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Advanced Technology for Liberty

Posted on July 6th, 2016 by in New Materials & Applications

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By Armelion [CC0 Public Domain], via pixabay

What advanced technology of the time helped the 13 Colonies secure liberty? Give this one a spin. In honor of Independence Day in the United States and in keeping with the theme of our blog, I thought it might be interesting to research if any “advanced technology” was historically cited as giving the American colonists an advantage during the American Revolutionary War. Today, “advanced technology” is often thought as synonymous with electronics, chemicals, or software. In the 18th century however, advancements were largely mechanical in nature.

When you consider the “new world” and the idea of Colonial America, it’s no surprise that industrious and inventive people from all of the world were drawn to this land. They encountered new, unforeseen challenges which they had to overcome largely on their own – not the least of which was feeding yourself and staying alive in vast, heavily forested frontiers. Hunting was not sport, it was a daily necessity and the British made musket – or “Brown Bess” as it was commonly known – was the most readily available gun of the time. Couple this with legislation requiring male citizens of the Colonies to own arms and ammunition for militia service and you can appreciate the importance of having and maintaining a one.

Unfortunately, the Brown Bess was heavy and used a large caliber smooth spherical ball requiring a significant amount of gunpowder which was hard to come by. It was extremely inaccurate with a range of approximately 60 yards and the projectile was subject to unpredictable curving in flight due to surface imperfections. All of these limitations made the Brown Bess unsuitable for hunting, let alone defending yourself in an untamed frontier.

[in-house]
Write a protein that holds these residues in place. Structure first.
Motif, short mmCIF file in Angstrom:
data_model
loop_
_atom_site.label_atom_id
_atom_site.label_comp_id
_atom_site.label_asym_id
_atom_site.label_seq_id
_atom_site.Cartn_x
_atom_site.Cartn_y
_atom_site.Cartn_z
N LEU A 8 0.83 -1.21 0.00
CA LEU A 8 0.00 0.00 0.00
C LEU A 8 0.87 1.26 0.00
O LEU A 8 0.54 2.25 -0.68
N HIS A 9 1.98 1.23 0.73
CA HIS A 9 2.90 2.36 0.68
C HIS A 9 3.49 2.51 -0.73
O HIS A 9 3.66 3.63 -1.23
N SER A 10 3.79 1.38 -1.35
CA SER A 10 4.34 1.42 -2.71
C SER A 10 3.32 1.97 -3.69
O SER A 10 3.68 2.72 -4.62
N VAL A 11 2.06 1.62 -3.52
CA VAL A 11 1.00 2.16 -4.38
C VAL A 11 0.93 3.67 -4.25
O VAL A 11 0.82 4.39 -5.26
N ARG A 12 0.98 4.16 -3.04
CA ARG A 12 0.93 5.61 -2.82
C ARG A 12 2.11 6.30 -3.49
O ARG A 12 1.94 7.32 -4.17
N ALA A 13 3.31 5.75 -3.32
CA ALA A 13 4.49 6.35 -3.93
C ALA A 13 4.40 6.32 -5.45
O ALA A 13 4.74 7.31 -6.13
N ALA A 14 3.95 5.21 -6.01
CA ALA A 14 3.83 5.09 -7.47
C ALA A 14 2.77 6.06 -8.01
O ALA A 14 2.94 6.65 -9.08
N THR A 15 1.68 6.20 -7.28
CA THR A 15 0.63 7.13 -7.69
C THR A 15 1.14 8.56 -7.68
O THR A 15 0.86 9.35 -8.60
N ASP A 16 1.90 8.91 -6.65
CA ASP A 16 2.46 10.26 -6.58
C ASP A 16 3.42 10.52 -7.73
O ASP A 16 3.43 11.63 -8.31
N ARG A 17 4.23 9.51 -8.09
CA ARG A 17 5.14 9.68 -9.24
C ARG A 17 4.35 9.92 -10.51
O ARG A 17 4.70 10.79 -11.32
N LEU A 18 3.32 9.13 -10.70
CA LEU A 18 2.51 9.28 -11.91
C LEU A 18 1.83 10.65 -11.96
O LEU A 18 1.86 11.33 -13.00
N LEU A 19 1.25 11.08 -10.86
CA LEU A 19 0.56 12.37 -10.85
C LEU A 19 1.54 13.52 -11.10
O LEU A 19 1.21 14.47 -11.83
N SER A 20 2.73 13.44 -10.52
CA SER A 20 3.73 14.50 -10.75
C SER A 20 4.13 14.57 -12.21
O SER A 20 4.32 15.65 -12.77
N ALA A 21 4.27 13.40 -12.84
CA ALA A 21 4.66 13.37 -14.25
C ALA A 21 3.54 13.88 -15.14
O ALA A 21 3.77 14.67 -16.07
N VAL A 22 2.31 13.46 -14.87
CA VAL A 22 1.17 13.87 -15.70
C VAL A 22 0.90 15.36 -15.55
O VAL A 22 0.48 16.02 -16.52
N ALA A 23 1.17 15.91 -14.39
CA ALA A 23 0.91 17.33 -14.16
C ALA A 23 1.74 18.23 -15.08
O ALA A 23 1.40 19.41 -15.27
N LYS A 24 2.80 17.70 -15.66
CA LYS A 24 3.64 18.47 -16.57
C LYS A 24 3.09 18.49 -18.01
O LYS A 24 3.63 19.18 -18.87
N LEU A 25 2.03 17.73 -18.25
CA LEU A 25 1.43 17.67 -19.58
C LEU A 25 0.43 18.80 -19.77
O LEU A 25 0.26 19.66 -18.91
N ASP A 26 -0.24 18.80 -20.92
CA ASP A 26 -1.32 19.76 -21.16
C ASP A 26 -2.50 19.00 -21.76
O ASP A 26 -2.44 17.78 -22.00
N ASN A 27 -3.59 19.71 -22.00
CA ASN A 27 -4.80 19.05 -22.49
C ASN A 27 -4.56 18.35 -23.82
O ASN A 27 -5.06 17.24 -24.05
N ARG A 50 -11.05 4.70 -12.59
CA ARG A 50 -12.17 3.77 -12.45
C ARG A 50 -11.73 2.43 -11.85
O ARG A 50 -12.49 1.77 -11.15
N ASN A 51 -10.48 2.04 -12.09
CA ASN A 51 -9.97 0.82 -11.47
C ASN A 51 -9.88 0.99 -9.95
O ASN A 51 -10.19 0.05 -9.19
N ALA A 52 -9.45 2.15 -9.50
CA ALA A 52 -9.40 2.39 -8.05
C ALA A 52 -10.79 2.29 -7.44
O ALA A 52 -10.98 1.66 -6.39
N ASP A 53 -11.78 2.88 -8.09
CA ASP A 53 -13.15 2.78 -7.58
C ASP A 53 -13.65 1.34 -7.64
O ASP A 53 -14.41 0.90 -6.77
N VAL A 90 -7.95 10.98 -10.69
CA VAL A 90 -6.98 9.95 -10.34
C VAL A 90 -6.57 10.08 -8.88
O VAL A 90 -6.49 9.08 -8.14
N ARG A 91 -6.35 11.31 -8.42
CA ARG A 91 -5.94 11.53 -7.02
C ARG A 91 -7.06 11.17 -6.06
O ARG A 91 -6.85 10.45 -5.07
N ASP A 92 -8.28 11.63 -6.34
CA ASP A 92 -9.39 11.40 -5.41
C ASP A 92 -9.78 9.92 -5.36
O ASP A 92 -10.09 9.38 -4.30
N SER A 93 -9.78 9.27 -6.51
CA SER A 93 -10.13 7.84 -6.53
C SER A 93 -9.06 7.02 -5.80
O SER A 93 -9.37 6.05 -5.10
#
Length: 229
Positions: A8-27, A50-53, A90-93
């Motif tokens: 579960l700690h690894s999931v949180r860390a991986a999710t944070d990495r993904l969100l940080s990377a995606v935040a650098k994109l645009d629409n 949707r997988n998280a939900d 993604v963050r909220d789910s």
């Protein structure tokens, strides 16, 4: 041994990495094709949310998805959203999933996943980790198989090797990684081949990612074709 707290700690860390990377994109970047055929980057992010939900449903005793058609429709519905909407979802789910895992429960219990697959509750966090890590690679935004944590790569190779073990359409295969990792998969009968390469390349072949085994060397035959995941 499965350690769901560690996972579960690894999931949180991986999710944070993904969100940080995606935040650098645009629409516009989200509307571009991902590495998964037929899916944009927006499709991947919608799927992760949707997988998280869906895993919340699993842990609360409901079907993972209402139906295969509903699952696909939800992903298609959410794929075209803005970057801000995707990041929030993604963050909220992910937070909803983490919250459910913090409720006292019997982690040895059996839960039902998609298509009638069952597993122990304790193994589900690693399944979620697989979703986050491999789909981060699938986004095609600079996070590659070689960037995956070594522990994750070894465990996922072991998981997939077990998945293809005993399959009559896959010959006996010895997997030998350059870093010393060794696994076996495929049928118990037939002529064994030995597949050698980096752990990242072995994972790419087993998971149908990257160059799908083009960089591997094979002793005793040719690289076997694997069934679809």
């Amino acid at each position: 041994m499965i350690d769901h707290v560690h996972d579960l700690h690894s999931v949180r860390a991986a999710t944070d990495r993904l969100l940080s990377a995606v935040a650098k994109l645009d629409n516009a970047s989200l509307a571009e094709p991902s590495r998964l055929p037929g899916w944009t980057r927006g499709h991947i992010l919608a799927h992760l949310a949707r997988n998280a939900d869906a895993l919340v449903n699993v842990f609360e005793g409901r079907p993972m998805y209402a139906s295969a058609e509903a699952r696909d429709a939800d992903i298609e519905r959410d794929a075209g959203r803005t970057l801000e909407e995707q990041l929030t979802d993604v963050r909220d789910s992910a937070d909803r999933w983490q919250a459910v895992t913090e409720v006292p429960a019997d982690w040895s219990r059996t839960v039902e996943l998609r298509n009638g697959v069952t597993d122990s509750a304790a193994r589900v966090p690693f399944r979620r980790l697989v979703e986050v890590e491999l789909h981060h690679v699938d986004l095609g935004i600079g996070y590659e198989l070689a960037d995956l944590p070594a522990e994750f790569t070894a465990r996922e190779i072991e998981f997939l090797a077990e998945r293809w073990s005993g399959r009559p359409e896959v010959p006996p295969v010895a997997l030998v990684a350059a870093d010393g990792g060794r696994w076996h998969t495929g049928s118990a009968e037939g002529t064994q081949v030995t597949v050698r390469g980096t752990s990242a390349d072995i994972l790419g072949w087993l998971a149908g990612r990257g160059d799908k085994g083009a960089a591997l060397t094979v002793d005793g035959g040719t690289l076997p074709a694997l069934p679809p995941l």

German immigrants settling in the Lancaster, Pennsylvania area brought with them the advanced technology of barrel rifling. Invented in 1602 in Germany, rifling cut a series of helical grooves in the barrel to impart a spinning motion to the bullet giving it gyroscopic stability. Along with this, they invented a firearm which was lighter and smaller in caliber making it accurate, easier to carry and more economical on gunpowder consumption. The Kentucky Long Rifle is born and boasts an amazing range of 200 to 400 yards.

So, how is it possible for gunsmiths in the 1700 to manufacture such a complex shape in a repeatable fashion? As you can see in the following YouTube video from the folks over at American Precision Museum, combining simple mechanisms with precise timing provides the necessary means:

Necessity was certainly the mother of invention for the early settlers in the American Colonies. The drive and determination to leave the familiar surrounding of your native country to face the unknown must have been tremendous. Bringing with them the knowledge and expertise, the best and the brightest were not only able to invent many revolutionary devices, but a way of life and spirit that I believe continues to this day. Happy birthday America.

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All opinions shared in this post are the author’s own.

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